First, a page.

I arrived back in Queenstown about a week ago from possibly the best experience I have ever had on snow and a board. I have been processing all the photos, video and trying to figure out just how to describe and explain what and where I was for the past magical week. I’m struggling with it. I think I will start it this way…….
I have experienced some pretty rare, unique and amazing situations through snowboarding over the past 10 years. Apart from Heli skiing, and deep back country sled trips, I have been part of many snowboarding milestones that most casual riders, and even some professional riders don’t get to experience. Working at a Snowboard camp for 3 summers, riding a glacier with some of the best and most dedicated riders in the world…..spending multiple seasons on a mountain just to ride. Designing equipment for the sport that I love, and working with the biggest most innovative company it the snow industry. All amazingly cool things that each day I revel in and have to pinch myself realizing that I somehow get to do these things. I tell you this, because I may have found something that trumps them all!
The New Zealand Club Ski Field.
There is something about the way the Kiwi’s have set up this unique way to stay at and experience the mountains, back country, and sliding on snow that just hits every part of my Phil-osophy. I will do my best to describe what it is, the facts and technical specs of the place, and the brilliance that it is. It’s going to be a long one, so if your at work, or have limited time, bookmark this one and read it just before you go off to bed, I promise it will make you happy!
What is it?
Throughout the southern alps of the south island of New Zealand there are small club ski fields scattered in the mountains. I’ve been told that the bulk of them, 10-15 are located in the Cantenbury region, a few hours west of Christchurch. back in the 20’s and 30’s, and possibly earlier than that for some fields, ski clubs where formed in New Zealand, and they decided to build small ski areas to practice there craft. They built small lodges (shacks really) and rope toes in open bowls and basins in the alps. To understand what kind of challenge this was, you have to understand the mountains here in NZ. They are crazy vertical, snow covering only the top 3rd most of the time. To get to the snow line on most mountains you need to climb a switch back goat path about 1200 meters (4,000 ft) straight up. Now imagine lugging 8 tons of building material up that. At Temple, I read that they tried to use pack mules but they failed, so all the material had to be hand carried up. Today most club fields have a goods lift, but humans still need to hike in…1200M (4,000 ft) up.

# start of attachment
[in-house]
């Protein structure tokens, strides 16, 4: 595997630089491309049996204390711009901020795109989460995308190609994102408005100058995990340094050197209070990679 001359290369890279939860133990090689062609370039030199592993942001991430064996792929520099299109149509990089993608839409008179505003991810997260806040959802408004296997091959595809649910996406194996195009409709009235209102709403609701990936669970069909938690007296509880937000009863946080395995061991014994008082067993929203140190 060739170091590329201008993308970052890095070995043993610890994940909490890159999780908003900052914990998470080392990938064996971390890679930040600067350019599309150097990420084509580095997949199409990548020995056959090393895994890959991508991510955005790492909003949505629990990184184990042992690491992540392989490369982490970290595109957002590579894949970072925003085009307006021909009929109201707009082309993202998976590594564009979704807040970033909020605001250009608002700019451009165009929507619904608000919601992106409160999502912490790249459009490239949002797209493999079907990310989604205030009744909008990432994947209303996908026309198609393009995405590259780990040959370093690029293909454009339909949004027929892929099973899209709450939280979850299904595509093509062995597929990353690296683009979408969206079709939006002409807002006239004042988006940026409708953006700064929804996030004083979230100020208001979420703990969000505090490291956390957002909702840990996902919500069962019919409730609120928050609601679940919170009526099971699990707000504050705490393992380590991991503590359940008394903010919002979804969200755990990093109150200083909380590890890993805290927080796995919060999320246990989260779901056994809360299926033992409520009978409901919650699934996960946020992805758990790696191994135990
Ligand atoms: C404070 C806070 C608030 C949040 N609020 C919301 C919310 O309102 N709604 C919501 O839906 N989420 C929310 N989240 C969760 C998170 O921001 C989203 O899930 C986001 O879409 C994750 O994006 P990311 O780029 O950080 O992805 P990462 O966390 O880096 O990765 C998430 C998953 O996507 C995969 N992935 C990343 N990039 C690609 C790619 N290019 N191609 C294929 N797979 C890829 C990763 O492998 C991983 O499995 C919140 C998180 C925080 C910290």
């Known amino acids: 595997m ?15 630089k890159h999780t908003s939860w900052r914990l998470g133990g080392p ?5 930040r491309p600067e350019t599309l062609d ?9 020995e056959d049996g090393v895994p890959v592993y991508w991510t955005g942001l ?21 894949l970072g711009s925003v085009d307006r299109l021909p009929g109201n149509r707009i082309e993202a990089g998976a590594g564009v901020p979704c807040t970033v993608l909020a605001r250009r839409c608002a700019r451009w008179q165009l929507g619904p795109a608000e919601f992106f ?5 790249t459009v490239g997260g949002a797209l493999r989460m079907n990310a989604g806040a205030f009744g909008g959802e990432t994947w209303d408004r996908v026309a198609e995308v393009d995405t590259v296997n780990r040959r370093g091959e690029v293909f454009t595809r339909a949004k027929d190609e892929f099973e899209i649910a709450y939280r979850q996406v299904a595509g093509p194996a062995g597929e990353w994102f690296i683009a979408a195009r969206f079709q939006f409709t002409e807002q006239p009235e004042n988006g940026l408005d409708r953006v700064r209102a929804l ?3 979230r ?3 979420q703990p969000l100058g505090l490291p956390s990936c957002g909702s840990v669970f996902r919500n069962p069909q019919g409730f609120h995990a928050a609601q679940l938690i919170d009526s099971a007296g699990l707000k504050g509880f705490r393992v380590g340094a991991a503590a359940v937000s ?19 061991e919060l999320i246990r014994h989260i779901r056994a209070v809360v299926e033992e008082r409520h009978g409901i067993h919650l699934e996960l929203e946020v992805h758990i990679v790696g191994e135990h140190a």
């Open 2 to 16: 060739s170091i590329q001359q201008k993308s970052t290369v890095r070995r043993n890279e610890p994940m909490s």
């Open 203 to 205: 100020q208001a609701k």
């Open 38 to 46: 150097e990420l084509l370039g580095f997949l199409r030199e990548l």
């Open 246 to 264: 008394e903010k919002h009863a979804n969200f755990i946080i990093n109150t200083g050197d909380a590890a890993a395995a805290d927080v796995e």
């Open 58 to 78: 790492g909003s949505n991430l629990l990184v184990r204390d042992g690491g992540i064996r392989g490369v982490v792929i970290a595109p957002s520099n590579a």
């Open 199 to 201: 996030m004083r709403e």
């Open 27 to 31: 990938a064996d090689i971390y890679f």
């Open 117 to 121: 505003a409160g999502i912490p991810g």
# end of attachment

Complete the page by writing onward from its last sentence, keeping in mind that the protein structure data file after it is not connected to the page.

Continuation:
The Coolness of the field really comes from the fact that it is a club. Some people are members, but its not necessary, but they are able to regulate who and how many can be at the lodge and on the mountain. We where there with 85 people, and that was quite a lot for Temple (although 25 where in an intense avalanche training course and where not skiing). It ends up basically being a communal living/skiing situation. Each room, or group had chores to do each day to help the club run smooth. With only 6-8 employees full time, help is needed to keep the place running smoothly.
Everyone ends up hanging out and eating together. We would interact with the other groups and look at photos from the day. There was a group of Pro Photogs and international riders there the same time we where. There must have been about 15 mac computers spread across the common room at night.